From the outside looking in, it can be hard to accept that many people who struggle with addiction resist getting treatment. The reason behind this is complex and varies from person to person. Addiction is everywhere. The prescription painkiller abuse and heroin epidemic have gotten to a point where everyone, from all walks of life, knows someone who is suffering from an addiction to drugs. Chances are, you know someone with a drug/alcohol problem that also has a mental health issue. With all that being said, surely everyone needing help would be seeking treatment, right? Unfortunately, this is rarely the case. There are common reasons why drug addicts resist the treatment. Some reasons are considered more valid than other, however almost everyone can find options if they open their mind and look into the resources. Here are 3 Common Reasons Addicts Resist Treatment Denial: I Can Beat This on My Own It is hard enough in life to ask for help for everyday problems. Asking for help to overcome an addiction can be even harder. Addicts tend to believe that they have their disease under control. They feel like they can fight their addiction without the help of others. Sadly, after multiple failed attempts, most are unable to overcome their addiction. If you have tried multiple times and failed, what makes you think this time will be different? If you are in this position, the time is now to embrace help. Talk to a counselor or a trusted friend about wanting to get treatment.Show MoreRelatedHeroin Epidemic Of New Jersey1222 Words   |  5 Pages29 November 2016 Heroin Epidemic in New Jersey The heroin epidemic in New Jersey has been more and more relevant in 2016 and in the past few months. There was a report earlier this year of a mother and father overdosing on heroin in a car with their toddler in the backseat. This along with other sad and tragic stories have shaped the public narrative of the heroin epidemic in New Jersey. A report last year by New Jersey Advance Media notes that the per-capita rate of 8.3 heroin-related deaths perRead MoreFactors Contributing To The Opioid Epidemic1529 Words   |  7 PagesFactors Contributing to the Opioid Epidemic in America If you watch the news it should come as no surprise that drug abuse and overdoses have increased dramatically in the United States. According to the National Institute on Drug Abuse, as many as 36 million people abuse opioids throughout the world with 2.1 million in the U.S. who currently suffer from opioid abuse disorders (National Institute on Drug Abuse, 2014). These astonishing numbers are only marginalized when comparing them to opioid relatedRead MoreDrug Addiction : Drugs And Drug Abuse Essay1615 Words   |  7 PagesIn our society Heroin, has become an overpowering epidemic around the world, this drug is extremely addictive and has been illegal in the United States for many years. Although many individuals seem to discover a way to obtain this very lethal drug. Even though, heroin is highly addictive and used by choice by an individual with a drug addiction; the number of deaths from Heroin is escalating daily, to the point where more than 26 overdoses in one day maybe even more. This epidemic needs to be putRead MoreA Brief Note On Heroin And Its Effects On The Body And Their Families Essay1608 Words   |  7 PagesUniversity September 22, 2015 5. Heroin is a highly addicting drug that cause irreparable damage to the body and their families, here is the molecular structure of heroin(Image by Royal Society of Chemistry, 2015) More and more young adults have become victims of heroin overdoses in the past 10 years, why? In recent new accounts, this crisis has been attributed to bad batches of this illegal drug coming from various sources. In Ohio the Heroin epidemic has put law enforcement and law makersRead MoreThe Epidemic Of Opioid Addiction1678 Words   |  7 Pages The United States currently faces an unprecedented epidemic of opioid addiction. This includes painkillers, heroin, and other drugs made from the same base chemical. In the couple of years, approximately one out of twenty Americans reported misuse or abuse of prescriptions painkillers. Heroin abuse and overdoses are on the rise and are the leading cause of injury deaths, surpassing car accidents and gun shots. The current problem differs from the opio id addiction outbreaks of the past in thatRead MoreDrug Abuse And Opioid Epidemic Essay1168 Words   |  5 PagesThere have been several news coverages on TV and social network about drug overdose of different cases recently and they have risen people’s concern about the problems of drug abuse national-wide. The drug abuse and opioid epidemic is not a new problem to the American society, actually it has been a serious problem for many years. So what is the situation of drug epidemic now, and how can we find effective ways to deal with this problem? A few writers who ponder this question are Nora D. Volkow,Read MoreAddiction Changes The Way The Brain Processes Information964 Words   |  4 Pages(but not all) users of opioids develop addiction, describe the many dangers associated with addiction, and explain why addicts are often resistant to treatment. So let’s start our journey. I’m sure you won’t be disappointed.â€Æ' Chapter 3 Our National Epidemic of Opioid Addiction â€Å"Funny thing about the monster. The worse he treats you, the more you love him.† ─Ellen Hopkins â€Å"However vast the darkness, we must supply our own light† ─Stanley Kubrick â€Å"It is during our darkest moments that we must focusRead MoreAddiction Changes The Way The Brain Processes Information Essay896 Words   |  4 Pagesnot all) users of opioids develop an addiction, describe the many dangers associated with addiction, and explain why addicts are often resistant to treatment. So let’s start our journey. I’m sure you won’t be disappointed.â€Æ' Chapter 3 Our National Epidemic of Opioid Addiction â€Å"Funny thing about the monster. The worse he treats you, the more you love him.† ─Ellen Hopkins â€Å"However vast the darkness, we must supply our own light† ─Stanley Kubrick â€Å"It is during our darkest moments that we must focusRead MoreDrug Abuse On The United States Essay1344 Words   |  6 PagesDrug Abuse on the Rise in the Community â€Å"In 2014, nearly two million Americans either abused or were dependent on prescription opioid pain relievers (â€Å"Injury Prevention and Control: Opioid Overdose,† 2016.)† The CDC is now saying that the United States is in an epidemic. The purpose of this paper is to explore the increasing drug use in the United States over the last decade. 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Tay Sachs Essay Research Paper TaySachsTaySachs disease free essay sample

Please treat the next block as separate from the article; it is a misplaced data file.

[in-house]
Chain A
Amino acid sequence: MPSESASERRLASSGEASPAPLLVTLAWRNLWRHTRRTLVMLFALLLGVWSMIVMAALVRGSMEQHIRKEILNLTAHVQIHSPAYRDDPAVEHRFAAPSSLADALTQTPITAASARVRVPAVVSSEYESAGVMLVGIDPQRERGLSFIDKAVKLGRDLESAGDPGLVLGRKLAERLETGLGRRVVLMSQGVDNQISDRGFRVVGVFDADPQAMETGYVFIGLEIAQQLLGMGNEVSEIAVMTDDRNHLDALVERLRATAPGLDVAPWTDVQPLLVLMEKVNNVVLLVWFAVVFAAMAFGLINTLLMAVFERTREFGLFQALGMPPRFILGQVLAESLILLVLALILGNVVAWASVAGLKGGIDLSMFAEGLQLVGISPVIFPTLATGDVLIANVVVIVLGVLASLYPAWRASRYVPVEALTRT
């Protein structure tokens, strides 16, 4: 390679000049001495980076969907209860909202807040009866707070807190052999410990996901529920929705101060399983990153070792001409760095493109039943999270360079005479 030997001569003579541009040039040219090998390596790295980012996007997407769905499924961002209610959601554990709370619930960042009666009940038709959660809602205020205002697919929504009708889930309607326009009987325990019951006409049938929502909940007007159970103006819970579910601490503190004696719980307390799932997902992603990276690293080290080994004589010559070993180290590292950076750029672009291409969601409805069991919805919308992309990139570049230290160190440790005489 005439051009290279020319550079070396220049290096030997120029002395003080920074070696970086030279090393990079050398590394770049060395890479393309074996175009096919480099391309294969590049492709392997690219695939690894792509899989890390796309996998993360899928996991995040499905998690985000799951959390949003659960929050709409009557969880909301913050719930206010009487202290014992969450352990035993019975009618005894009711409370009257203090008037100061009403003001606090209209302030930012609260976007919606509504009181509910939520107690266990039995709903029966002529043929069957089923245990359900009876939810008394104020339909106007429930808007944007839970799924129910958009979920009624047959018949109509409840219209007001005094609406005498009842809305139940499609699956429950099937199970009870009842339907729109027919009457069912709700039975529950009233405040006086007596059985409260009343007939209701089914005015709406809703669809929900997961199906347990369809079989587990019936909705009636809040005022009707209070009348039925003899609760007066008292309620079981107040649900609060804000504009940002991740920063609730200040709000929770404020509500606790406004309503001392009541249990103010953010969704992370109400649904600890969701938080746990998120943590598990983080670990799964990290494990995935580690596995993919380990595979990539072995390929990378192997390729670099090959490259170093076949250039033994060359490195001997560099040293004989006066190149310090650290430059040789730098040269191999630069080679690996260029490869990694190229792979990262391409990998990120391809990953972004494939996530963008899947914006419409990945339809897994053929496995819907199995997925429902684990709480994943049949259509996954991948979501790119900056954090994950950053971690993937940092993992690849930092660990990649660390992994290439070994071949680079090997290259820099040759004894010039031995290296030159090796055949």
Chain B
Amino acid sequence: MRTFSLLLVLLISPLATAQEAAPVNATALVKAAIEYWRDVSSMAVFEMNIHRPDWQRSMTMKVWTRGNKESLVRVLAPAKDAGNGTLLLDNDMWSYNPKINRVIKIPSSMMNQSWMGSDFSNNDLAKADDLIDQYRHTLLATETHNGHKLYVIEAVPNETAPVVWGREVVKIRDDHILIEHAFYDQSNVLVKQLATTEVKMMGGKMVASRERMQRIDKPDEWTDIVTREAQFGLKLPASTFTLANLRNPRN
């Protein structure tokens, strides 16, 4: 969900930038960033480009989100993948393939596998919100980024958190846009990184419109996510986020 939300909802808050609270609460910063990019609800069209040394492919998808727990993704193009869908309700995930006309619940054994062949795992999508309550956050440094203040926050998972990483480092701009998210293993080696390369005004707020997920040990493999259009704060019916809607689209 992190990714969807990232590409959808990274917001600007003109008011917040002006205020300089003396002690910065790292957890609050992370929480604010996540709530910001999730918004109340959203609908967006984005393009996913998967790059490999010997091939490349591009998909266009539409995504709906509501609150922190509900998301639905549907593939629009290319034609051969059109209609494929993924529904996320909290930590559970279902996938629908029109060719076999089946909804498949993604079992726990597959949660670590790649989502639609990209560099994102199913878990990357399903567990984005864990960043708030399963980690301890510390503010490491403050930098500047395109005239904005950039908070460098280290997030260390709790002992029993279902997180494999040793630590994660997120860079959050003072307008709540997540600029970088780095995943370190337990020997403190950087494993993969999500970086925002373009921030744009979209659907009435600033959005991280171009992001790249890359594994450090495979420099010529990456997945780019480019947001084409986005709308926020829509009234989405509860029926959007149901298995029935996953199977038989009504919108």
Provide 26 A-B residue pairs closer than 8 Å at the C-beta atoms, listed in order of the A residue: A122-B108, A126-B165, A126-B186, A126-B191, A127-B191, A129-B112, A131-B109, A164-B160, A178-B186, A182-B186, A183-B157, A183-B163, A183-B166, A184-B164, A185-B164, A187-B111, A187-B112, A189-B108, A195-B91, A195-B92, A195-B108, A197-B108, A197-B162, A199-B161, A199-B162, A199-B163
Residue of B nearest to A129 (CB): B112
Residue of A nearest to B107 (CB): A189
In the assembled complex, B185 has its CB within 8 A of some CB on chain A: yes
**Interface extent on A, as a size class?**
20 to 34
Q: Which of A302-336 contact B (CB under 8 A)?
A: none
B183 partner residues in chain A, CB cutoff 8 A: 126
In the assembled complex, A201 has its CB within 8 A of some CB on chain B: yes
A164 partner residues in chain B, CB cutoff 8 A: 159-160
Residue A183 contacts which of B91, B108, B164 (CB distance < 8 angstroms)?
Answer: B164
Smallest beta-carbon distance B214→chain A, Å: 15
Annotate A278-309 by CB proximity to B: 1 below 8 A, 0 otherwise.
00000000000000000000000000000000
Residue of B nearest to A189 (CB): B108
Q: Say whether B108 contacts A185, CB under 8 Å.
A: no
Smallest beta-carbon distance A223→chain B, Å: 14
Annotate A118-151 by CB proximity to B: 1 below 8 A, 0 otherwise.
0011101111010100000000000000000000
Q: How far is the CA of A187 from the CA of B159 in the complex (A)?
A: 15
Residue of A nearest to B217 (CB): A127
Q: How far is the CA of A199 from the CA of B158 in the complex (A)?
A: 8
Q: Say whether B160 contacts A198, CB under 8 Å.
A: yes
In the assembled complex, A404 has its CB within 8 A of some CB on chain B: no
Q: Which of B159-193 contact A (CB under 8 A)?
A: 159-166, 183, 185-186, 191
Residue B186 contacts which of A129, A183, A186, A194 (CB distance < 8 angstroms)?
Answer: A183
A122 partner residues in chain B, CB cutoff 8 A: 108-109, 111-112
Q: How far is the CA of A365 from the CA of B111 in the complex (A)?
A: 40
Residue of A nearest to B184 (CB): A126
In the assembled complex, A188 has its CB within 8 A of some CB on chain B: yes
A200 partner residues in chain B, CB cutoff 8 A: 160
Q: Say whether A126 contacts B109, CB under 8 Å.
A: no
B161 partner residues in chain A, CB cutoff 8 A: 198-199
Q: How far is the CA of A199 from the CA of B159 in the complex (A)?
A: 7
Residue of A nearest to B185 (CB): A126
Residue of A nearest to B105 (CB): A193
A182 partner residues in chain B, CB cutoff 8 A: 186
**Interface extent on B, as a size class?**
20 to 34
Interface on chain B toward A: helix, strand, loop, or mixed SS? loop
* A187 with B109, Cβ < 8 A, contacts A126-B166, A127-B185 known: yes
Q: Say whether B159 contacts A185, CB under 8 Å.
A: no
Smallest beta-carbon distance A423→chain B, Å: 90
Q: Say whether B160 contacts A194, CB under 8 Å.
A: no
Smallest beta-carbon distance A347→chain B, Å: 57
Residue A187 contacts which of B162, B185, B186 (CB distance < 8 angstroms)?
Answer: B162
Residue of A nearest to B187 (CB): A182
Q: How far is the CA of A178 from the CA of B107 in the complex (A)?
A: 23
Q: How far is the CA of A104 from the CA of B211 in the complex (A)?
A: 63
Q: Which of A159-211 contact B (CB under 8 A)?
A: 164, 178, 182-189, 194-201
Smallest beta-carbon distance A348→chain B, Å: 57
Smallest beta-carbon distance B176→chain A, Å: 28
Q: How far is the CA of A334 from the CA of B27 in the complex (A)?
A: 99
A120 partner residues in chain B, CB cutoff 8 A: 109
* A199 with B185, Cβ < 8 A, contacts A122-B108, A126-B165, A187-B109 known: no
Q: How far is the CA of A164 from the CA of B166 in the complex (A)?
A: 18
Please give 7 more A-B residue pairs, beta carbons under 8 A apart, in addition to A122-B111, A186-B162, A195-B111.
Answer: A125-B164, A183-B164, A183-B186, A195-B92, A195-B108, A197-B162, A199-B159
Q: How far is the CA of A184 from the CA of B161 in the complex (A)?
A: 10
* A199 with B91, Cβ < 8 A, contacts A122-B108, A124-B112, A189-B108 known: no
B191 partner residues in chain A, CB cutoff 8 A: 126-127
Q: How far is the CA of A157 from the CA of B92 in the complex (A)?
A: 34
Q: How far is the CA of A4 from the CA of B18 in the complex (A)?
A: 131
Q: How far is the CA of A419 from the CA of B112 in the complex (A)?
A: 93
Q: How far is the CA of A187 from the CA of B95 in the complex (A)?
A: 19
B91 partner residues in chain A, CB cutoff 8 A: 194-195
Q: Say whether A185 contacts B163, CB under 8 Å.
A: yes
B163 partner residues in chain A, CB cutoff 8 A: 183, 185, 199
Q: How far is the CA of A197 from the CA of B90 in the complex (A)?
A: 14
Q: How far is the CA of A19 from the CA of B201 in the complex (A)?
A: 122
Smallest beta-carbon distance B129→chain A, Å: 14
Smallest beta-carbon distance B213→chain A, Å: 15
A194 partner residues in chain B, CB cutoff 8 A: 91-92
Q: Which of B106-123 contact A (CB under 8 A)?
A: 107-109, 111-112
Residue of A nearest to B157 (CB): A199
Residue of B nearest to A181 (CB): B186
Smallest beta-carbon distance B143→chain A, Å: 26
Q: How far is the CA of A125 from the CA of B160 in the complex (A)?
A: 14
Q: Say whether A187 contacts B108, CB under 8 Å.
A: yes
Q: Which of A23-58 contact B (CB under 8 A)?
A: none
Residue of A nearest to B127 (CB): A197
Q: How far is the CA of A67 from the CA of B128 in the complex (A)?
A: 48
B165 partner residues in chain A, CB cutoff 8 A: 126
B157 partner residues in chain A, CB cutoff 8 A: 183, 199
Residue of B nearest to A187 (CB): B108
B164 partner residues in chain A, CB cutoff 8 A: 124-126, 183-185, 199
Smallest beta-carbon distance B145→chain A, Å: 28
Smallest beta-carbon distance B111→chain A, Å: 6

Tay Sachs Essay, Research Paper Sachs disease Tay-Sachs disease is a familial upset that occurs in kids. This disease causes their cardinal nervous system to breakdown, which in bend is the footing for their decease. The disease is named for Warren Tay and Bernard Sachs. Tay-Sachs disease is caused by the absence of an enzyme called Hexosamindase A, which is referred to as Hex-A. The deficiency of this enzyme causes many metabolic jobs for its host because it is necessary for interrupting down wastes within the encephalon. The consequence of its absence is that it causes an increasing loss of coordination, a progressive inability to get down, take a breathing troubles, sightlessness, mentally deceleration, palsy, and eventually decease. The enzyme known as Hex-A is highly indispensable for a individual to prolong life. This is due to the fact that Hex-A is needed for the organic structure to interrupt down a fatty waste substance found in encephalon cells. We will write a custom essay sample on Tay Sachs Essay Research Paper TaySachsTaySachs disease or any similar topic specifically for you Do Not WasteYour Time HIRE WRITER Only 13.90 / page This fatty substance or lipoid called GM2 ganglioside accumulates abnormally in cells, particularly in the nervus cells of the encephalon. As wastes are invariably collected, there is a progressive harm to the cells. The destructive procedure begins in the foetus early in gestation, although the disease is non clinically evident until the kid is several months old. By the that clip a kid with the disease is three or four old ages old and the nervous system is so severely affected that life itself can non be supported. The information for the organic structure to do the Hex A enzyme is contained in a cistron which is found on chromosome figure 15. There are two transcripts of chromosome figure 15 in all the organic structure cells and hence two transcripts of the cistron that codes for the enzyme necessary for right encephalon map. If that cistron is changed or mutated, which is what happens in the instance of Tay-Sachs disease, the information contained in the cistron, and therefore the kid, is impaired. The familial mistake which is present in Tay-Sachs disease is a mutant on the fifteenth chromosome, which contains the enzyme Hexosamindase A. The enzyme is deleted and therefore the kid is unable to interrupt down GM2 ganglioside within the encephalon. Tay-Sachs is an autosomal recessionary trait, intending it is manifested in an person through familial. As a consequence the lone manner that a kid can hold the disease is if both its female parent and male parent are bearers of the recessionary trait. To day of the month, there is no remedy or effectual intervention for Tay-Sachs. However, there is active research being done in many research labs in the U.S. and around the universe. The usage of enzyme replacing therapy to supply the Hex-A has been explored. Bone marrow organ transplant has besides been attempted, but to day of the month has non been successful in change by reversaling or decelerating harm to the cardinal nervous system in babes. The heritage form of Tay-Sachs disease is autosomal recessionary. In order for a kid to inherit a recessionary status such as Tay-Sachs they must have a recessionary cistron from both their male parent and female parent. For this ground most kids born with this disease come from a household without a history of Tay-Sachs. The parents are both merely bearers of the recessionary trait therefore there is a 25 % opportunity the kid will be afflicted. Many metabolic upsets plague people throughout the universe, yet few are as awful and lay waste toing to a household as Tay-Sachs disease. This is because the disease comes with perfectly no warning to the kid s healthy bearer parents. Equally shortly as they find out their kid is afflicted they must confront the inevitable fact that he will decease in 5 short old ages. Bibliography 1. www.tay-sachs.org./whatisa.htm 2. www.noah.cuny.edu/neuro/neuropg.htm # taysachs.